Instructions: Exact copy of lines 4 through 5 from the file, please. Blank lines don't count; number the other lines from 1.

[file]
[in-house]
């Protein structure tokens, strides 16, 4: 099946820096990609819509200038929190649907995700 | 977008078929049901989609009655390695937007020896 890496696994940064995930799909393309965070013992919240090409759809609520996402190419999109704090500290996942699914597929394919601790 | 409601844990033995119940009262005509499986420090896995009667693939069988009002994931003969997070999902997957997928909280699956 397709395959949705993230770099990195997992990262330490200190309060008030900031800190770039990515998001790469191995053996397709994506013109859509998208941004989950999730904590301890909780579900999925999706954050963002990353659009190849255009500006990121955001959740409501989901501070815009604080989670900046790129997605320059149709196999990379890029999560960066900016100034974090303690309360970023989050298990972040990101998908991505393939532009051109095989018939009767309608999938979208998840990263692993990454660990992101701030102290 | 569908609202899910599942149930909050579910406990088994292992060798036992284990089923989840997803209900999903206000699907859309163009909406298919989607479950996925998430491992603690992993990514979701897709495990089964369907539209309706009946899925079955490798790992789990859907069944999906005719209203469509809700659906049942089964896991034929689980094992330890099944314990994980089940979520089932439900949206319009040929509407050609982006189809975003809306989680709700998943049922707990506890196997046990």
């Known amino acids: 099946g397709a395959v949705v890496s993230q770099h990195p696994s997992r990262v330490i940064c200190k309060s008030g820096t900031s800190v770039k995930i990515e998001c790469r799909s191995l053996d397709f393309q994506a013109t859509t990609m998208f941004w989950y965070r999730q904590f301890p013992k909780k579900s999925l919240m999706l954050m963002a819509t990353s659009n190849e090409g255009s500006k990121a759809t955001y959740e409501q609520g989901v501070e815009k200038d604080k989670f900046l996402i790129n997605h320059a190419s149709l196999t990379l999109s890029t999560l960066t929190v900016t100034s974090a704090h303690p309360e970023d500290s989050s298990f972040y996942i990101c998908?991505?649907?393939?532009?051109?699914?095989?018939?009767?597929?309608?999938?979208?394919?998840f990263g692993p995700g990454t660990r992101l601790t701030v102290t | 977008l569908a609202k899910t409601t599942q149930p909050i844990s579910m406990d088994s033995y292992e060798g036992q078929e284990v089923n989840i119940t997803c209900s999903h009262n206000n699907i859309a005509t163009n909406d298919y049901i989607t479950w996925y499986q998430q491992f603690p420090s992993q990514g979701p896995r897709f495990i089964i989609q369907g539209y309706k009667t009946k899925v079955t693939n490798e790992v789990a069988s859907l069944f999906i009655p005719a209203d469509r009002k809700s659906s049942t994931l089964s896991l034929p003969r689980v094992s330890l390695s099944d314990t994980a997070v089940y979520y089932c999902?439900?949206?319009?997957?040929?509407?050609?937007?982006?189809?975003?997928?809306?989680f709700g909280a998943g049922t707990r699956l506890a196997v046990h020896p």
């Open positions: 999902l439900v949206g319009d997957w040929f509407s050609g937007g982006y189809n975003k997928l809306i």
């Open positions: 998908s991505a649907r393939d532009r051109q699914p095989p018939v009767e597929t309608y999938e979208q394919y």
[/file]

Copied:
């Open positions: 999902l439900v949206g319009d997957w040929f509407s050609g937007g982006y189809n975003k997928l809306i």
């Open positions: 998908s991505a649907r393939d532009r051109q699914p095989p018939v009767e597929t309608y999938e979208q394919y």